Wednesday, Oct. 28, 2015 | 12:20 p.m.
Nevada students are still below the national average when it comes to reading and math, but they’re doing better after factoring in the state’s diversity.
That’s according to a trove of national education data released this week, the most significant being results from the National Assessment of Educational Progress, also known as the Nation’s Report Card.
NAEP scores — gathered through tests given to a sampling of the nation’s 4th and 8th graders every two years — are considered the best comparison of how each state’s students are doing in core subjects.
The NAEP is a project of the U.S. Department of Education.
Nevada’s performance in reading was stagnant in the 4th grade and dropped slightly in the 8th grade, compared to two years ago. In math, scores dropped slightly for both grades.
Nearly every state, however, posted scores at or below 2013 levels, when the NAEP was last conducted.
Overall, about 30 percent of Nevada’s 4th and 8th graders perform at grade-level in reading and math, well below the national average.
And although its scores have been trending upward since the 1990s, Nevada is still among the bottom 10 states.
“Unfortunately, Nevada’s scores on the Nation’s Report Card remain among the lowest in the nation,” interim state Superintendent Steve Canavero said in a statement. “However, the overall trend lines of Nevada NAEP results continue to rise and I am interested to see how Nevada’s 2015 scores compare with demographic adjustments.”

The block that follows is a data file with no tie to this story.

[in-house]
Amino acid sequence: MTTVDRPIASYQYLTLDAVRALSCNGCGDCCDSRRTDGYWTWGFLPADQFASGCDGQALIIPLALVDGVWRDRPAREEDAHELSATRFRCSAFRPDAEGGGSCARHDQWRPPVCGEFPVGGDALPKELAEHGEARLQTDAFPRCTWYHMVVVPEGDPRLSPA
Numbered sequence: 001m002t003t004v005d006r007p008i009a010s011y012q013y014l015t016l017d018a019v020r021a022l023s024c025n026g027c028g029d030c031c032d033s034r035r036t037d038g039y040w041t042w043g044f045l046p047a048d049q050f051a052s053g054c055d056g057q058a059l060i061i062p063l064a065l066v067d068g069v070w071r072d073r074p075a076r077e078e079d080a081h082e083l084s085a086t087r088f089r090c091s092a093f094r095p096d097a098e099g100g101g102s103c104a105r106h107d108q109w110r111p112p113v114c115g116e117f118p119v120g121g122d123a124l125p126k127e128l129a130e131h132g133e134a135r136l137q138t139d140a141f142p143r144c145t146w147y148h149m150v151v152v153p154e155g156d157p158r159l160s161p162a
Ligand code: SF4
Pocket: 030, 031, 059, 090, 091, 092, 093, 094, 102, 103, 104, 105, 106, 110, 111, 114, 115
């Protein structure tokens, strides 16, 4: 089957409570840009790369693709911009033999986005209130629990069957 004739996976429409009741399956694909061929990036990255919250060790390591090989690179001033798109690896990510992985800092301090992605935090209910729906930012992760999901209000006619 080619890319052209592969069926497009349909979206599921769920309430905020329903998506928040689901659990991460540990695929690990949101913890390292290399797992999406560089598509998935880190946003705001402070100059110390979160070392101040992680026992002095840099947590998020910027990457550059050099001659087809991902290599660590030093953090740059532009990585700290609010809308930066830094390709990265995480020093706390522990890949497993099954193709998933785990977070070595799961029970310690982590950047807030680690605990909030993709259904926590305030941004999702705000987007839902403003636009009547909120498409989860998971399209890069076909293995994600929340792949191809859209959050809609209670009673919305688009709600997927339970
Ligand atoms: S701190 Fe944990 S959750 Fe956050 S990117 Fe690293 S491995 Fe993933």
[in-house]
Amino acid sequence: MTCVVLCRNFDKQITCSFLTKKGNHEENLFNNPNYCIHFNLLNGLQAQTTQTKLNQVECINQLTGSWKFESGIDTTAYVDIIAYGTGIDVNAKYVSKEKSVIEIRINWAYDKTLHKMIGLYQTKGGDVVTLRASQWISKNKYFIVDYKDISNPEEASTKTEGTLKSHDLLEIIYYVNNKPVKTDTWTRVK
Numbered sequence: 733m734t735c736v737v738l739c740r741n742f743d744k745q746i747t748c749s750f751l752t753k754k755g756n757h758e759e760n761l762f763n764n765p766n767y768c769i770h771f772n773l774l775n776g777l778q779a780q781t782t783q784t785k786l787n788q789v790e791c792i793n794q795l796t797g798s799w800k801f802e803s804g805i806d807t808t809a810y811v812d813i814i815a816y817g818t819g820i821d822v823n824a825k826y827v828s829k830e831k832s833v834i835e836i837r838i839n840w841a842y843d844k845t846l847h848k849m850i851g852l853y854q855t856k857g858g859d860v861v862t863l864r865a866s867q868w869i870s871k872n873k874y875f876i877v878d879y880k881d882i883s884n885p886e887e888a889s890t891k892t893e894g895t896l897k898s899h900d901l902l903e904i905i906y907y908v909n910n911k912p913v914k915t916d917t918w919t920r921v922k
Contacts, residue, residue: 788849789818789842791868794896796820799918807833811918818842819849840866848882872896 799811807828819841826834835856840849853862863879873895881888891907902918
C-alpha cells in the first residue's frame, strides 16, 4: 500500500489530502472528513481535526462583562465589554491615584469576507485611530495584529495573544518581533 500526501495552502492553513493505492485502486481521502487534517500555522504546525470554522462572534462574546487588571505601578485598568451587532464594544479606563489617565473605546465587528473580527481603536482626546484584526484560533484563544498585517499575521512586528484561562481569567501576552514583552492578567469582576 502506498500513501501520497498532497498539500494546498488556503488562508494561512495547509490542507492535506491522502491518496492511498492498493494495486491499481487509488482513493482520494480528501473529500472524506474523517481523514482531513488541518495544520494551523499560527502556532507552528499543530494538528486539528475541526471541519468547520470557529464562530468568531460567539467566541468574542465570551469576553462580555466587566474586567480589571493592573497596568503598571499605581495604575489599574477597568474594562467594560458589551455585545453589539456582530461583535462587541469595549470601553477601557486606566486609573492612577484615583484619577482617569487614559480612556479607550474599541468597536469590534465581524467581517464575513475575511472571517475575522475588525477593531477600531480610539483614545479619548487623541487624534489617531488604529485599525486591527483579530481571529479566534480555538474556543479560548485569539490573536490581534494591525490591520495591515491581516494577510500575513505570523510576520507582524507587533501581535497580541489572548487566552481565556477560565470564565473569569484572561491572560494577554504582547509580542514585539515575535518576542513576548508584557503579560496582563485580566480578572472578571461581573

A report released Monday painted a slightly different picture of how states performed on this year’s NAEP.
According to the Urban Institute, Nevada is the most improved state when it comes to the NAEP since 2003.
Researchers arrived at the conclusion after taking the 2013 NAEP scores and factoring in demographics. The NAEP doesn’t take into account the racial and economic makeup of a state, but research shows that low-income and non-English speaking students learn at a different pace on average than their mostly white, middle-class counterparts.
Nevada has a high percentage of low-income and minority students, the vast majority in Clark County.
According to the report, when adjusted for demographics, Nevada’s performance on the NAEP moves it up and out of the bottom 10 states.
Canavero noted Nevada’s swift change in demographics as one of the big obstacles for the state, and said the new education funds and programs approved in the Legislature would help boost student achievement.
“As we implement these important initiatives, I expect to see gains in student performance,” he said.